Meanwhile, Charbel denied an LBCI report that he approved disciplinary measures against an Internal Security Forces officer for a five-day delay in relaying requests by security bodies for telecoms data, giving the March 14 coalition enough time to launch its campaign against the Cabinet.
“This did not happen,” Charbel told The Daily Star Sunday. “And if it had, I would not tell media outlets about it.”
The March 14 coalition has said it would hold Cabinet responsible for future assassinations as it failed to provide data necessary for investigating the attacks.
Separately, Hezbollah No. 2 Sheikh Naim Qassem said his party would not respond to accusations that it was involved in assassination plots.
“We do not respond to assassination accusations because they are empty and unfounded,” Qassem said in remarks published over the weekend.
Harb has said that a Hezbollah security operative, who was ordered to take part in the investigation into the assassination attempt, refused to participate. Security sources have named Mahmoud Hayek as the official.
“Know that we don’t respond to a lot of accusations brought against us – whether assassination allegations, those regarding the party’s actions in the countries across the world or [allegations] that we are fighting in Syria,” Qassem explained.
For his part, Progressive Socialist Party leader Walid Jumblat, who moved to his summer residence in his hometown of Mukhtara, said he was taking the minimum security measures required to protect himself.
“I moved to Mukhtara to spend the summer. I don’t want, like others, to exaggerate news about my security and attempts against my life,” Jumblatt said in remarks published by An-Nahar Sunday. He said assassinations attempts were of serious concern.
The Druze leader said the March 14 coalition’s hinging their participation in Dialogue to telecoms data was justified. “We want to feel comfortable regarding our security,” he said.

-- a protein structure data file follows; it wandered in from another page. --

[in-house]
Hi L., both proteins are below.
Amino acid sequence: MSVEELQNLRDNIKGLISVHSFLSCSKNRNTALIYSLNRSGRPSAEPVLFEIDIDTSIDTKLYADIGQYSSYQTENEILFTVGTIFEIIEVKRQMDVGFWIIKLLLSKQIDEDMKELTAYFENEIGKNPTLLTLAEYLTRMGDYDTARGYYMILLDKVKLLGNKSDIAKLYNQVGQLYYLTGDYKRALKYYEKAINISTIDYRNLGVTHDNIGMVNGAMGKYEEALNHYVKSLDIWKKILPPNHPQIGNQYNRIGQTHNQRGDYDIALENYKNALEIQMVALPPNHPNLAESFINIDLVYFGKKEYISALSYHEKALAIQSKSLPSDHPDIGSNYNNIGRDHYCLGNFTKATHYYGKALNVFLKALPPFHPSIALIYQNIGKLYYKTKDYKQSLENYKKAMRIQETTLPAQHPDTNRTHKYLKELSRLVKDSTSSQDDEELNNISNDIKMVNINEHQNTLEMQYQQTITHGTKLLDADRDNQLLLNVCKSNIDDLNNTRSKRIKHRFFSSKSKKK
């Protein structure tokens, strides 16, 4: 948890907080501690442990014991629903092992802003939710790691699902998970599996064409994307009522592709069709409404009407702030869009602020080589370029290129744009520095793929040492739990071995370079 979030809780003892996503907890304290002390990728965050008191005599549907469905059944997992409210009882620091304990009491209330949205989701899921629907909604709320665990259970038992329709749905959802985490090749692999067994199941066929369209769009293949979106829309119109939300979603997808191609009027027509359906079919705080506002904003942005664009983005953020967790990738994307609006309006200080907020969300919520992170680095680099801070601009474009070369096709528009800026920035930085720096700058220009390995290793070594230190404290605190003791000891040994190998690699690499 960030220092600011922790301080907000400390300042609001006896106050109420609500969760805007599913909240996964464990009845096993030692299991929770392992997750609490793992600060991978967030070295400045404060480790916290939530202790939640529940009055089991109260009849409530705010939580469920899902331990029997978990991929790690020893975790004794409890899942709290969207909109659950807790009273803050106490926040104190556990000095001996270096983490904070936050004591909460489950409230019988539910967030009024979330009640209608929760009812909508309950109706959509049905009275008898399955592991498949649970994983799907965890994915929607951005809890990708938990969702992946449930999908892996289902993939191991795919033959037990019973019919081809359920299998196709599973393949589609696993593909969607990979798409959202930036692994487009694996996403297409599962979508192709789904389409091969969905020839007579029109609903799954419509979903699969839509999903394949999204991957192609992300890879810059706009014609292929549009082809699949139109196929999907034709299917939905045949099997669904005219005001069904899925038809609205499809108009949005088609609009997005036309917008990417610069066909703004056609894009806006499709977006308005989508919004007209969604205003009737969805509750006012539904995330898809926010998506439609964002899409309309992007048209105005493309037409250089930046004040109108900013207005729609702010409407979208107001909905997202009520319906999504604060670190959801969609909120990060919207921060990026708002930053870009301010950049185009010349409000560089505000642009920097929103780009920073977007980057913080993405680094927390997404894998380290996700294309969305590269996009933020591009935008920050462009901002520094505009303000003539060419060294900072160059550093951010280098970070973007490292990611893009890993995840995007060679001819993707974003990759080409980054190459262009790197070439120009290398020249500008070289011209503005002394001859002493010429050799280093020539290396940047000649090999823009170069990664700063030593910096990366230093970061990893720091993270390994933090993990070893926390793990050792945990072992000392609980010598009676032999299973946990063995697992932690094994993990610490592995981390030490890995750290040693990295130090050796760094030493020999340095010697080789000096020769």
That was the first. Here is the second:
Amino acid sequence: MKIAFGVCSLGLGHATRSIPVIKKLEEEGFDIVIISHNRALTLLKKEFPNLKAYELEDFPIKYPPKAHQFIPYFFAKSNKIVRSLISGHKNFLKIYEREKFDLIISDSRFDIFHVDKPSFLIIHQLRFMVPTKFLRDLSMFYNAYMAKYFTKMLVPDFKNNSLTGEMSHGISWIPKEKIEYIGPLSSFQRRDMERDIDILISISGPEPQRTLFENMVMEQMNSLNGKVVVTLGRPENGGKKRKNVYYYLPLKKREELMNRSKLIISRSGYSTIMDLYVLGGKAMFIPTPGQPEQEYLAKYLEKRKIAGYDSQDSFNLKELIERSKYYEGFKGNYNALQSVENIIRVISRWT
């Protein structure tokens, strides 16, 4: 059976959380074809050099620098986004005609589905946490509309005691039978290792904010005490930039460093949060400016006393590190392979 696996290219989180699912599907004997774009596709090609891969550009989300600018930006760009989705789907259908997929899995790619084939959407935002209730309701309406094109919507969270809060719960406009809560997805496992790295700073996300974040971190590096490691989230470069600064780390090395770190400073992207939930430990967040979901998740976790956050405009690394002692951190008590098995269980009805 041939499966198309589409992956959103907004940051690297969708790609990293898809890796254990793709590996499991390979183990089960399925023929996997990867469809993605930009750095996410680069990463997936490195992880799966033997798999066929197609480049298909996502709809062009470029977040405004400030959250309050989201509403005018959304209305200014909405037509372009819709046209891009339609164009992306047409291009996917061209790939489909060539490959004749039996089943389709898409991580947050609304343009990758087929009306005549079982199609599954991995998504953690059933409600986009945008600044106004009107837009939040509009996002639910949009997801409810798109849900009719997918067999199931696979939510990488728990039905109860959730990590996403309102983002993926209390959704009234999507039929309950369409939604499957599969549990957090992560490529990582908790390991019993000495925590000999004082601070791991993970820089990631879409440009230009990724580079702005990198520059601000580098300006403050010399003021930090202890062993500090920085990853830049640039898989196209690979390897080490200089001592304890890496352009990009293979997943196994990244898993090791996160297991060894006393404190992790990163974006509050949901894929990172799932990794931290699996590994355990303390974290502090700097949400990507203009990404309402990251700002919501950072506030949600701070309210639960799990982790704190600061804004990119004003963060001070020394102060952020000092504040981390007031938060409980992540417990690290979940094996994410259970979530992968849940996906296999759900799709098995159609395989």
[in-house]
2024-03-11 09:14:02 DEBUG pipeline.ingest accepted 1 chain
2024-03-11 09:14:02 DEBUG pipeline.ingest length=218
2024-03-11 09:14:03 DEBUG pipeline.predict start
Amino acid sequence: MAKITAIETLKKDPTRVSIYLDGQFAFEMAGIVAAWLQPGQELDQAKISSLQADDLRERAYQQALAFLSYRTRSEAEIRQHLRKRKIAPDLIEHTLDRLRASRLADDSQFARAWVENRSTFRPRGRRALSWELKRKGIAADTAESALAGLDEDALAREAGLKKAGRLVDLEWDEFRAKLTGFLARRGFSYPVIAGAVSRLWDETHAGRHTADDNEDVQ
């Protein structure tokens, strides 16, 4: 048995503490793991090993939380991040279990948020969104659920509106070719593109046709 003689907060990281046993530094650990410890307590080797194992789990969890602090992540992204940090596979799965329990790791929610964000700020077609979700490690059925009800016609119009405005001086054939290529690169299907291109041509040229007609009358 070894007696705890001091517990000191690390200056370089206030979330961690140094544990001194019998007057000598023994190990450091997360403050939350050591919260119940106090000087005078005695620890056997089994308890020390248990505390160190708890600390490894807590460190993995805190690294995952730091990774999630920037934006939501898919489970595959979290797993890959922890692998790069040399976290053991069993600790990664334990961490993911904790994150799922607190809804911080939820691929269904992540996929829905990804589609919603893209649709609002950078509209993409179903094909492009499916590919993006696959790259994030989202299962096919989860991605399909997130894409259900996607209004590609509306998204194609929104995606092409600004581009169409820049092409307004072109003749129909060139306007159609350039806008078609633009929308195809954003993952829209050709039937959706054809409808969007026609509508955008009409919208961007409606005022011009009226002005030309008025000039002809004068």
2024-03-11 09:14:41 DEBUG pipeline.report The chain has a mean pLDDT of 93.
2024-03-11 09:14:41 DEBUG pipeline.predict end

Jumblatt said that the resumption of Dialogue requires Hezbollah saying: “We are ready to discuss.”
“The president proposed discussing ways to benefit from Hezbollah’s arms to defend Lebanon against Israel; he did not say to defend the Islamic Republic of Iran,” said Jumblatt. “We support this.”
The PSP leader dismissed the idea that the Syrian regime was too busy with the crisis at home to plot assassinations and other destabilizing acts in Lebanon.
“This is untrue. The Syrian regime is present in Lebanon and is still strong as it was [in Lebanon before 2005],” he said. “There are [Lebanese] security bodies receiving orders from it,” he added.
Jumblatt’s PSP, represented by three ministers in the Cabinet, is against proportional representation. Jumblatt argues that proportional representation is aimed at curbing his political influence.
Sleiman, Speaker Nabih Berri’s Amal Movement, Hezbollah and the Syrian Social Nationalist Party are supportive of proportional representation while Mikati has said he would not take a position until the issue is discussed.
Once approved by Cabinet, the draft law has to be endorsed by Parliament.